# The prompt

Mathematical inquiry processes: Explore by testing particular cases; verify and explain. Conceptual field of inquiry: Factors, prime factors and indices.

The prompt gives students the opportunity to explore the differences and connections between factors and prime factors. It is aimed at classes who have learnt about factors and prime numbers, but have yet to meet prime factorisation. In the initial orientation to the prompt, these questions have arisen in classroom inquiry:

• What does prime factorisation mean? Is it connected to prime numbers?

• Is an integer a normal number?

• Are a and b supposed to be indices?

• What numbers do p, q, a and b stand for?

• I know that 8 has four factors: 1, 2, 4 and 8.

• Why do you add one to a and b?

The statement in the prompt is always true. For example, the prime factorisation of 12 is 22 x 31 from which a = 2 and b = 1. It follows that 12 has (2 + 1)(1 + 1) = 6 factors. Before the inquiry starts, the teacher should prepare to explain how to express an integer as the product of its prime factors or, perhaps, flip learning by asking students to study a video or written explanation before the lesson.

### Developing the inquiry

Once students are familiar with the concept of prime factorisation, they often use the regulatory cards to decide to create more examples. Integers such as 20 and 24 follow the general statement in the prompt because the prime factorisations are 22 x 51 and 23 x 31 respectively. However, students soon realise that some integers are expressed by the product of more or less than two different prime numbers. For example, the prime factorisation for 8 is 23 and that for 30 is 21 x 31 x 51 . Nevertheless, the rule still holds. Thus, 8 has four factors (3 + 1) and 30 has 8 factors (1 + 1)(1 + 1)(1 +1). The inquiry might end with students trying to amend or re-write the statement in the prompt to take account of the new finding.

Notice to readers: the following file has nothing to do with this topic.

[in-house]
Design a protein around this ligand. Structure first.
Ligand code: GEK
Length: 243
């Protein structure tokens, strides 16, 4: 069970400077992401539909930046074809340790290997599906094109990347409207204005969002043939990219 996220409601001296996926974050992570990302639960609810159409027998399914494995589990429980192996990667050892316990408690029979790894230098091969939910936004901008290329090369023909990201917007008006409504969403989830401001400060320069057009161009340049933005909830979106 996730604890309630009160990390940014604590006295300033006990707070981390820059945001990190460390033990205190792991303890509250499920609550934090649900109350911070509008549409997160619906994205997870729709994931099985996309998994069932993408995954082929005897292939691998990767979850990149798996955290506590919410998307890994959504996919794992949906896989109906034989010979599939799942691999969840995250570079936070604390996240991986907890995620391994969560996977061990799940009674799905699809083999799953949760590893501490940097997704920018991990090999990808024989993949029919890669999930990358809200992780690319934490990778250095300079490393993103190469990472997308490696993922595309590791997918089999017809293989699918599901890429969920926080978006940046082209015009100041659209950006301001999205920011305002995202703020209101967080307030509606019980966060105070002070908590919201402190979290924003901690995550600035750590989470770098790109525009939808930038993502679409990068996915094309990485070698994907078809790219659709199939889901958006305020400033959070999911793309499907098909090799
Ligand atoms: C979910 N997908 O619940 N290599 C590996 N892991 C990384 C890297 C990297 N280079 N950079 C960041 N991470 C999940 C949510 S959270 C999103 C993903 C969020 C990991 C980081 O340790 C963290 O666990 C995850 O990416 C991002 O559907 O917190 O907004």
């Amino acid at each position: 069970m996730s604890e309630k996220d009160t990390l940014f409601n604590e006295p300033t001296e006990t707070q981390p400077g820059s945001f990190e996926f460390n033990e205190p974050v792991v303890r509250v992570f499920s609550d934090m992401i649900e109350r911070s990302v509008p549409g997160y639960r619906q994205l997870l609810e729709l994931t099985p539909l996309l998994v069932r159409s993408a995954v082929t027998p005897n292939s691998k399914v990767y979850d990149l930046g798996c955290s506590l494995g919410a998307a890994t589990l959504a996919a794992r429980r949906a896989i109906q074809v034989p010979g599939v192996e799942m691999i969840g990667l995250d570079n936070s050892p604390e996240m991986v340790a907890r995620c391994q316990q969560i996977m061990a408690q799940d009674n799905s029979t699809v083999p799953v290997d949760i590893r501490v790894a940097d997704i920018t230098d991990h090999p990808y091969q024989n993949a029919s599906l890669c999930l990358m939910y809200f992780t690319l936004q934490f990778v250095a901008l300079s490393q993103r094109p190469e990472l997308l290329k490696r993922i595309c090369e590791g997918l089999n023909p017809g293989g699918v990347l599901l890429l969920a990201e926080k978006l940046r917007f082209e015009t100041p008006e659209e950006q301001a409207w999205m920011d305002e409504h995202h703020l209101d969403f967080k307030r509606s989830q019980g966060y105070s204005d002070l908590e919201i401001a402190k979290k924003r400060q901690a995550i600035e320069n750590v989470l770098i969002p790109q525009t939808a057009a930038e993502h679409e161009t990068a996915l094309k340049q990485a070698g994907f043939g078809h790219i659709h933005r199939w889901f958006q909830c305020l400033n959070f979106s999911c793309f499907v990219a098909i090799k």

February 2021

# Explaining the prompt

## Why is the prompt always true?

### Example 1

The prime factorisation of 36 is 2 x 2 x 3 x 3. The factors of 36 are the combination of none, some or all of those prime factors. We could use 0, 1 or 2 twos and 0, 1 or 2 threes. So there are nine (3 x 3) possible combinations altogether, given in the form (number of twos, number of threes): (0,0) (0,1) (0,2) (1,0) (1,1) (1,2) (2,0) (2,1) and (2,2). For the case of 0 twos and 0 threes, the factor is one.

### Example 2

The same reasoning applies to 48 (2 x 2 x 2 x 2 x 3). We could use 0, 1, 2, 3 or 4 twos and 0 or 1 threes. The ten (5 x 2) possible combinations, given in the form (number of twos, number of threes), are: (0,0) (0,1) (1,0) (1,1) (2,0) (2,1) (3,0) (3,1) (4,0) (4,1). Again (0,0) represents the factor one.

### Example 3

In the case of 8 (2 x 2 x 2) there is only one prime number that appears three times. So the factors of 8 are given by the products of 0, 1, 2 and 3 twos. In this case, (0) represents one.

### Example 4

Finally, in the case of 30 (2 x 3 x 5) we could use 0 or 1 twos, 0 or 1 threes and 0 or 1 fives, which gives 8 possible combinations: (0,0,0) (1,0,0) (0,1,0) (0,0,1) (1,1,0) (1,0,1) (0,1,1) (1,1,1). In this case, (0,0,0) represents one.

### The general case

In general, add one to an exponent to find how many times that prime factor could be used in a combination, including zero times. The total number of combinations is given by the product of one more than each exponent.